The purchase from Britain's Whitbread of Costa's nearly 4,000 outlets thrusts the world's biggest soda company into one of the few bright spots in the sluggish packaged food and drinks sector. But the Costa acquisition gives it a much bigger piece of the coffee market, which is growing by 6 per cent a year, according to James Quincey, Coca-Cola president & CEO.
Costa also operates more than 8,000 Costa Express self-serve machines in eight countries, as well as placing its products in supermarkets. Since then, Costa has grown from just 39 shops and in the year to March, Costa made an operating profit of 123 million pounds on sales of 1.29 billion.
The deal will allow Whitbread to focus on the structural growth opportunities for its hotel business, Premier Inn, in the United Kingdom and Germany. JAB Holdings, an investment holding company, has been buying up businesses and brands associated with Peet's, Caribou, Stumptown and Krispy Kreme Doughnuts.
"I would like to say a huge thank you to our customers and to everyone in the Costa team who have helped us build the business to this position, and I look forward to the next exciting chapter in Costa's vision of "Inspiring the World to Love Great Coffee", Paul added.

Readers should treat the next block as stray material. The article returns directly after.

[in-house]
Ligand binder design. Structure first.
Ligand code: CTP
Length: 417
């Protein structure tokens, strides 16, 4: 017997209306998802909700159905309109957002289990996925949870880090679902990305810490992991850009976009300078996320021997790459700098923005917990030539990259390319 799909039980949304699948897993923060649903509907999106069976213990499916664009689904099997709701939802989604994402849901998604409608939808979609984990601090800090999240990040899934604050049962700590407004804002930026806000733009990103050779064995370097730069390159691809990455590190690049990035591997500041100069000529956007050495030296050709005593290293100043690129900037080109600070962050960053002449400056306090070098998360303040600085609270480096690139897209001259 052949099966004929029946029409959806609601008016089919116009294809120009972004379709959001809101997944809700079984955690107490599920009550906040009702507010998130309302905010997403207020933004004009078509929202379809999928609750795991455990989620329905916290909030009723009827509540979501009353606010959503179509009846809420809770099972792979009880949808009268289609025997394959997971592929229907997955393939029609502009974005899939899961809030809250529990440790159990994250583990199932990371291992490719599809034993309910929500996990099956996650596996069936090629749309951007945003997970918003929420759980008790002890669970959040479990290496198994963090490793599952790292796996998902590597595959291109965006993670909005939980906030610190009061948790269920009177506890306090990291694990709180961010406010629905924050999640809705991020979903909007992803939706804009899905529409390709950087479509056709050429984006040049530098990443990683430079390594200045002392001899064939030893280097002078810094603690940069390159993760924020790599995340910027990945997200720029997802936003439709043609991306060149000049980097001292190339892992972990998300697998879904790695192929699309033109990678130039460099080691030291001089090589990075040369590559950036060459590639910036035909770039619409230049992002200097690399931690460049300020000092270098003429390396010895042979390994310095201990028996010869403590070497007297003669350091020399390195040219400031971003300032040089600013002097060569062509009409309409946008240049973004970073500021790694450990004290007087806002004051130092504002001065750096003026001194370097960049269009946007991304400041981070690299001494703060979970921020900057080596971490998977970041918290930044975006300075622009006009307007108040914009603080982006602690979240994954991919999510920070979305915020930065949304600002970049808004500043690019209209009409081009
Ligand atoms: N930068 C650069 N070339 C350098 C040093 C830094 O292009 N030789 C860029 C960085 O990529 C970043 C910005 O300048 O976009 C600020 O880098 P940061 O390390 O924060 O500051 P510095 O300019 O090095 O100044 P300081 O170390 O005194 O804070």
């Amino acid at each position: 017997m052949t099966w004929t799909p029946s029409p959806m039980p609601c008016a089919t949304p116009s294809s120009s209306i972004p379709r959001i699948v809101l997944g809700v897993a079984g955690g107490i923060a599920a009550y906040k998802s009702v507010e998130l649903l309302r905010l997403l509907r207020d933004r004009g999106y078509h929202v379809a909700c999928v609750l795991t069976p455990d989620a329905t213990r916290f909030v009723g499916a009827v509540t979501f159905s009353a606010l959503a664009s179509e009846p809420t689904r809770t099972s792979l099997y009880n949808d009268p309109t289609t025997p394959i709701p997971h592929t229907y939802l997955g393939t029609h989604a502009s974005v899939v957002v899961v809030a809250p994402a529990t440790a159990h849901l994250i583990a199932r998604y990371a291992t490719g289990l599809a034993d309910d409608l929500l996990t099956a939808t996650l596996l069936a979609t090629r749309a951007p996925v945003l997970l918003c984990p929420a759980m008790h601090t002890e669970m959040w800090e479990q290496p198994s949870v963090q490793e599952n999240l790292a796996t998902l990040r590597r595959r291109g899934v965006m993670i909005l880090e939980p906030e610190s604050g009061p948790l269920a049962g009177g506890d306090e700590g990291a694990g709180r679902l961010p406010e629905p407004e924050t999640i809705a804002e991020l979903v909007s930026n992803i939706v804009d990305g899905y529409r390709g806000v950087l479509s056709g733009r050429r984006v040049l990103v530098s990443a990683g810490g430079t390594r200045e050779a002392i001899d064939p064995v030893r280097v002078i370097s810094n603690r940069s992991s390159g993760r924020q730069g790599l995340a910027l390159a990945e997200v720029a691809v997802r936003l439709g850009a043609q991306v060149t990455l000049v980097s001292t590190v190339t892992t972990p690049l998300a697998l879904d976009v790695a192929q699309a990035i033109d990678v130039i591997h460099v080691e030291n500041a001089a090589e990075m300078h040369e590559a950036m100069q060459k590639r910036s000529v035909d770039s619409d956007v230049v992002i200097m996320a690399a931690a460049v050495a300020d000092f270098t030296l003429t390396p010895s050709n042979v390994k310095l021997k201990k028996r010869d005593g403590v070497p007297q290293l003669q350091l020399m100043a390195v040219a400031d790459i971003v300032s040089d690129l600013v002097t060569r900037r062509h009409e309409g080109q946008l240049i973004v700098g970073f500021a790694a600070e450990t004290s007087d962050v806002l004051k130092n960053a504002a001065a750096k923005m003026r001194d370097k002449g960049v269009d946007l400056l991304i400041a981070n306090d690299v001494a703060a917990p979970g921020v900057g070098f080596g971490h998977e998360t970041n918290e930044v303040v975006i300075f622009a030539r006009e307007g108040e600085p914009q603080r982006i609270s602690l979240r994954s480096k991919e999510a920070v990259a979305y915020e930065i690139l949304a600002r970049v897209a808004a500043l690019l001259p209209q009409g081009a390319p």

"Coca-Cola are one of the few companies in the world that could justify the valuation", said Nicholas Hyett, equity analyst at Hargreaves Lansdown.
Coca-Cola does already have over 500 brands in its stable including Fanta, innocent smoothies and Powerade sports drinks. It has invested heavily in Costa's expansion overseas recently, but had been looking to siphon off the business to generate funds for the expansion and for its other business, the budget hotel chain Premier Inn.
Whitbread acquired Costa in 1995 from its founders, Sergio and Bruno Costa, and presently runs about 2,400 stores in the United Kingdom and some 1,400 around the world.
The deal still needs to get approval from shareholders and regulators, and is expected to be completed in the first half of 2019, the companies said.
Meanwhile following pressure from activist shareholders, Whitbread announced in April that it would spin off Costa, leaving it to concentrate on its hotel chain Premier Inn.
Shareholders in Whitbread were impressed by the deal and the company's share price soared 16 percent in morning trading in London.
She said the money from the sale would be used to expand the Premier Inn chain, return some cash to shareholders, pay down debt and boost the pension fund.